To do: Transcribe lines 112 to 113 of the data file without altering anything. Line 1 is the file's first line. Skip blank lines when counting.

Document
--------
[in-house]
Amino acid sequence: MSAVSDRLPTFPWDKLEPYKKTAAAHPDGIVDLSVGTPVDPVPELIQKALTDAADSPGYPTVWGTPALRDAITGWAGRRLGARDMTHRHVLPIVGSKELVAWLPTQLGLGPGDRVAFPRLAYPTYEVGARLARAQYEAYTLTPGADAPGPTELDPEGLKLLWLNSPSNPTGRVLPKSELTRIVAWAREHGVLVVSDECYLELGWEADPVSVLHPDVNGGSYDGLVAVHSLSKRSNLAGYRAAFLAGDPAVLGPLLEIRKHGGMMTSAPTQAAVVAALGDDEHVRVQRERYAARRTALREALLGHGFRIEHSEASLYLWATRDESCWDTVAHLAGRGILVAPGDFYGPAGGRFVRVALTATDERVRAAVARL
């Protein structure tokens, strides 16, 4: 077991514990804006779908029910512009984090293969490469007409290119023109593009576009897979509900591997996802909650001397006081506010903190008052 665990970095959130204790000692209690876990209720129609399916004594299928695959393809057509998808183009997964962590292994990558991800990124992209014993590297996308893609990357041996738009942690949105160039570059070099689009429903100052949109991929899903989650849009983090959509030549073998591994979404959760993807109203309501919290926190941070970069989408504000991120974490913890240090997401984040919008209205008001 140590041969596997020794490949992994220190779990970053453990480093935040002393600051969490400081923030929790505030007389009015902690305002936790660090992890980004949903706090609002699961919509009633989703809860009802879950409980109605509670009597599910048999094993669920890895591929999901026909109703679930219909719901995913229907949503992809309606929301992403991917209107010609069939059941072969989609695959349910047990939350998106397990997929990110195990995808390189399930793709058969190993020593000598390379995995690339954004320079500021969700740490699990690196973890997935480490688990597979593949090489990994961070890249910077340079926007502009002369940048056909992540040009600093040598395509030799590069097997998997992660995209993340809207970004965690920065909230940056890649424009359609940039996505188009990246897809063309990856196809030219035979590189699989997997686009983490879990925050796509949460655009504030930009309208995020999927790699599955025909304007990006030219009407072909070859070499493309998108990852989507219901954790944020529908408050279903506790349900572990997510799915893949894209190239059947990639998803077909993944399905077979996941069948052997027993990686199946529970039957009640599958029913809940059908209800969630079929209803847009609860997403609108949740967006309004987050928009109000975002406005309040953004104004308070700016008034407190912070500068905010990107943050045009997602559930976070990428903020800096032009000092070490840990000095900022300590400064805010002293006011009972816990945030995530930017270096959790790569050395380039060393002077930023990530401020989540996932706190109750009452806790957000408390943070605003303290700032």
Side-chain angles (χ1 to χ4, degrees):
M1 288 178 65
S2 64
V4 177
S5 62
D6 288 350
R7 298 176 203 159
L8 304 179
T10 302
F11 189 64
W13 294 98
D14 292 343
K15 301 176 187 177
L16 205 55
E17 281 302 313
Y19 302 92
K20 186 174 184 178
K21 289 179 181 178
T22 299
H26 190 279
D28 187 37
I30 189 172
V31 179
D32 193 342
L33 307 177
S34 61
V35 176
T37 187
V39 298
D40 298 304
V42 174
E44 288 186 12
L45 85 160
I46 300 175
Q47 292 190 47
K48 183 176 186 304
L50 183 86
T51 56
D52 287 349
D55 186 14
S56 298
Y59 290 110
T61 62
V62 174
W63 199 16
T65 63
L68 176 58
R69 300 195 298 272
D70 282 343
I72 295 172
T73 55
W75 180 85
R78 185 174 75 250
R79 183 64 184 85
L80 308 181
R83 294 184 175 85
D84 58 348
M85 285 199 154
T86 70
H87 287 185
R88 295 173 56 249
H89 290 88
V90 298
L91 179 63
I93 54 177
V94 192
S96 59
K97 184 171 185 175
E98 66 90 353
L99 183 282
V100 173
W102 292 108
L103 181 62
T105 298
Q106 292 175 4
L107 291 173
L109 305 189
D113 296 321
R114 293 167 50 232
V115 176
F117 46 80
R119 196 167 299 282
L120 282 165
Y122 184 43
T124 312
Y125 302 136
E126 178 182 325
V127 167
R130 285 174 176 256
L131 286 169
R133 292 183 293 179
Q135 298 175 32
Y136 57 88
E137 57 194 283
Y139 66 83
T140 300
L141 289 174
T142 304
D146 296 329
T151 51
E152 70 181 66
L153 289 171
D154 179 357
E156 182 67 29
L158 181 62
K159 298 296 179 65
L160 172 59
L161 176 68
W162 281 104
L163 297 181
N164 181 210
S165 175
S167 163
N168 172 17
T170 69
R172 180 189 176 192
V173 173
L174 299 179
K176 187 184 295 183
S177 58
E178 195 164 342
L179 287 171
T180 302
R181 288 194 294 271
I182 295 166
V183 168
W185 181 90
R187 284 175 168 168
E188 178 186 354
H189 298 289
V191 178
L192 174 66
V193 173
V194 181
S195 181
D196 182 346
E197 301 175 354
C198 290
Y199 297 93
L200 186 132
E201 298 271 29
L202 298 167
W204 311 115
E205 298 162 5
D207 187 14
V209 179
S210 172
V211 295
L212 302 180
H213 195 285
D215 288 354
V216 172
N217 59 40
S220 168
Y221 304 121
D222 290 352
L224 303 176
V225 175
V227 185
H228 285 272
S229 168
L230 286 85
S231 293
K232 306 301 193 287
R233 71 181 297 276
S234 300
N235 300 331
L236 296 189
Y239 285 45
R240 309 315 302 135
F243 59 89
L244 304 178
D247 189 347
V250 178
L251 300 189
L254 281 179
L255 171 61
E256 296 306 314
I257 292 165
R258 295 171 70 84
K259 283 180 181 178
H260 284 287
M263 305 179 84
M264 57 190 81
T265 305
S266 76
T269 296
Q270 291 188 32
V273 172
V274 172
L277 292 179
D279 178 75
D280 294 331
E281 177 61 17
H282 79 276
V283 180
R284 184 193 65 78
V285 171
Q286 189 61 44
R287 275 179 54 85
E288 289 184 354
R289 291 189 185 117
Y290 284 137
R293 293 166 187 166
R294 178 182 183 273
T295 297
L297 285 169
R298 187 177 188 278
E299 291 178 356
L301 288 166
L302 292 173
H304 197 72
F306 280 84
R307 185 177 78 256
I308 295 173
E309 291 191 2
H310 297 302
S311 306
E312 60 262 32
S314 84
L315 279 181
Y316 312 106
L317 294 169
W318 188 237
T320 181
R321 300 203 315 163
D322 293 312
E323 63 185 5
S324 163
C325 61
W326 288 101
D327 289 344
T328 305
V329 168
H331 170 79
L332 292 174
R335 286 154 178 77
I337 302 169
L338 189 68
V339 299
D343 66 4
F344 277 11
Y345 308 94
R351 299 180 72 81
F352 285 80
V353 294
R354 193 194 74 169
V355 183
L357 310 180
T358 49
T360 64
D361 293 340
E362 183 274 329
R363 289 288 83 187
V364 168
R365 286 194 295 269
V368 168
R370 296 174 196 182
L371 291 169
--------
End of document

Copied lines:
W162 281 104
L163 297 181